When I started my fitness journey, I had just about every excuse going. It was a bizarre conundrum of my mind flittering between let’s be healthy and I don’t want to! To summarise; these were my most common thoughts and how I managed to tackle them.
Photos are of the beautiful @_carlyoga
The excuse: “I have already eaten badly today, I may as well continue until tomorrow or next week”.
Tackle: I am neither a dietician, nutritionist or personal trainer, but I am confident that your body does not cancel out food because you decided that your diet can wait. All you are doing is adding mess to an already messy environment. It is like saying – I will continue to pile up plates in the sink as there are already plates in there.
Firstly, change your mindset. If you are going to indulge – indulge. Do not guilt trip yourself or start electing ‘healthy days’. Creating a healthy lifestyle means balance. For me, I took a step back and said ok – I am going out for dinner tonight and I will want dessert, so let’s eat a nutritional breakfast and lunch and then enjoy myself when I am out. Another way, is to set a proportion limit; I want to treat myself without going too far, so instead of drinking 2 glasses of wine, cake and bread for an appetiser, I will drink 1 glass of wine, bread and halve the dessert. Allowing baby-steps really shaped my transformation.
The excuse: “I am too tired to exercise and I don’t have enough time”.
Tackle: This is a tough excuse because it varies for each individual. When I was working really long hours and commuting, I would look for time in between waiting. If my food had 20mins of cooking in the oven, that was 20mins to do a quick workout. If I had not recorded a program and waited through adverts, that was 5mins of stretching.
One thing I love, is waking up an hour early and power walking for a majority of my commute. I am not a morning person, but a few weeks of this and you will notice such a difference. My energy increases, I am less tired and feel more alert. Even if you decide to exit your route a bus or tube stop early; if you tell yourself that your travel involves walking, you will be more likely to implement it through.
Furthermore, countless fitness individuals take immense precaution in planning. You can set out a schedule and write exactly what you will do and for how long. The same can be said for your diet.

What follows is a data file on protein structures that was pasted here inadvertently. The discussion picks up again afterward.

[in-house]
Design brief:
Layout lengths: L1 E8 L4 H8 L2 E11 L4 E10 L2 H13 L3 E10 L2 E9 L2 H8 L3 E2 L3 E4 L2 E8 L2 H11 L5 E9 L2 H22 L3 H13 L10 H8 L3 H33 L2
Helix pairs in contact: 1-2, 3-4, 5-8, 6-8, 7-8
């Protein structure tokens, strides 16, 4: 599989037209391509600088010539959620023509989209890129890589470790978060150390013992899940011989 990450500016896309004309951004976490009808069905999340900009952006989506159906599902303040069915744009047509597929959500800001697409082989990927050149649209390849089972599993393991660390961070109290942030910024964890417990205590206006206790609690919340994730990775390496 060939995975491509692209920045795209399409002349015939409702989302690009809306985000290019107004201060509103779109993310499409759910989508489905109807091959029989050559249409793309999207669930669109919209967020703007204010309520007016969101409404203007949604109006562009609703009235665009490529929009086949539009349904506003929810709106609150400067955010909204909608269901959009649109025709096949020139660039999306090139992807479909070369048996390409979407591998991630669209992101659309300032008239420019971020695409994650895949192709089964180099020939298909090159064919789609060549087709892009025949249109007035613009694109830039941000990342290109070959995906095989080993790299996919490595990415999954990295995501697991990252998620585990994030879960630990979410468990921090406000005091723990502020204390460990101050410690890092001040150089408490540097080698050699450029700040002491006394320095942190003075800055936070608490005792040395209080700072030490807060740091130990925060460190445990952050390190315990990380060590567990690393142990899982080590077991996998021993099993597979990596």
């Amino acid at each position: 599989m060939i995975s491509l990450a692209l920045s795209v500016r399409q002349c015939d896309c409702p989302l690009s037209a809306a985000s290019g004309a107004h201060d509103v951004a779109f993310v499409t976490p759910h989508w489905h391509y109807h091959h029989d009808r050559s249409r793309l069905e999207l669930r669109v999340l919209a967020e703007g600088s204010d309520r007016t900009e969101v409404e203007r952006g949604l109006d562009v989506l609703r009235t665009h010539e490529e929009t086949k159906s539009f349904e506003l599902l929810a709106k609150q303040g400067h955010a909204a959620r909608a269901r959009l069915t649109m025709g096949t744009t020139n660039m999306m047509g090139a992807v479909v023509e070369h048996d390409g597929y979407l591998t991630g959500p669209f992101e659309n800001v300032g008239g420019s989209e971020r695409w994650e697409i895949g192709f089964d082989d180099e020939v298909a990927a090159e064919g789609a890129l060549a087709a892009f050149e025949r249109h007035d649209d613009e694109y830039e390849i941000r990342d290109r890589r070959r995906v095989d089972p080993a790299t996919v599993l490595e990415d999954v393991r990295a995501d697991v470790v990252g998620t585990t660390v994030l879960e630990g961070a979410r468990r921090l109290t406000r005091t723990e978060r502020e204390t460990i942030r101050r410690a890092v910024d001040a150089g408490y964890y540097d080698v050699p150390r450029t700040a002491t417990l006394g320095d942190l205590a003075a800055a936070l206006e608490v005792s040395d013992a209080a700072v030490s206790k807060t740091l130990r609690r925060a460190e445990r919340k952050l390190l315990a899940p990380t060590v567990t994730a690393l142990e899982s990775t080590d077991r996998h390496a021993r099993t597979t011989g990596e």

The excuse: “I can’t stop eating these chocolates, biscuits, sweets, etc”.
Tackle: Out of sight, out of mind!
It is human nature that if a bowl of snacks or treats are presented in front of you, you are far more prone to eat them – even if you had no cravings whatsoever. I have an enormous sweet-tooth and I am the kind of person that will easily munch through a packet of something – virtually for the sake of it.
To combat this, I told myself that whenever I fancied a chocolate bar or ice-cream etc, I would have to walk to my local shops to purchase one. Eventually, I cut down on my daily intake and can now have chocolate around the house without being allured to finish every mouthful. My exception to this is Sunday!
I recommend keeping an eye on when you desire sugar. Notice your habits – are you running to sweet snacks on an empty-stomach, or do you grab them as you watch T.V? See if you can swap these moments for natural sugar alternatives. Placing a bowl of fruit besides you will help to keep you occupied.
My last tip is to research like a scientist. There are thousands of ‘healthy dessert’ recipes out there. Find one’s that are easy for you to make and contain ingredients that are easy to source.
The Excuse: “It is hard to find healthy food and it takes too long to cook”.
Tackle: Unfortunately as I discussed here, finding meals that are packed with nutrition is equivalent to going to space. Cafe’s, restaurants and food chains are abundant with refined sugar, high salt and saturated fat. If you do manage to come across a wellness cafe or a healthy meal option, you tend to find a dramatic increase in pay.
In these instances, I try to search for a decent balance. I also stock up on cashew nuts and bean packets, to carry around when I am out. Meal prepping is hugely popular and a few hours on a Sunday can help prepare you for your week of lunches.
In terms of cooking, I refuse to accept that healthy food takes long. I am a fan of Nutribullet recipes (many do not even require a Nutribullet) and I am always amazed at the speed and taste of them. My favourite is a stir-fry which entails cooking tofu and roasted veg in the oven, followed by prawns and noodles on the cooker. If you are vegetarian/vegan, you can easily replace the prawns and use butter beans (I routinely do this).
In general, most healthy recipes that I view, only require food prep in the form of cutting and slicing vegetables. My solution is to practice and experiment in the kitchen. In 2015, I could just about cook pasta; in 2017, I can combine ingredients in my cupboards into a recipe.
The excuse: “I do not like going to the gym”.
Tackle: We are a fortunate generation in that we have the choice to work out with digital support. Whether that is through tracking a run, working out online or downloading a fitness app. There is variety everywhere with health and we can all benefit. I am still surprised at the classes you can take on YouTube.
What is your biggest fitness excuse and how are you planning or how have you managed, to overcome it? Which of my excuses resonated with you most?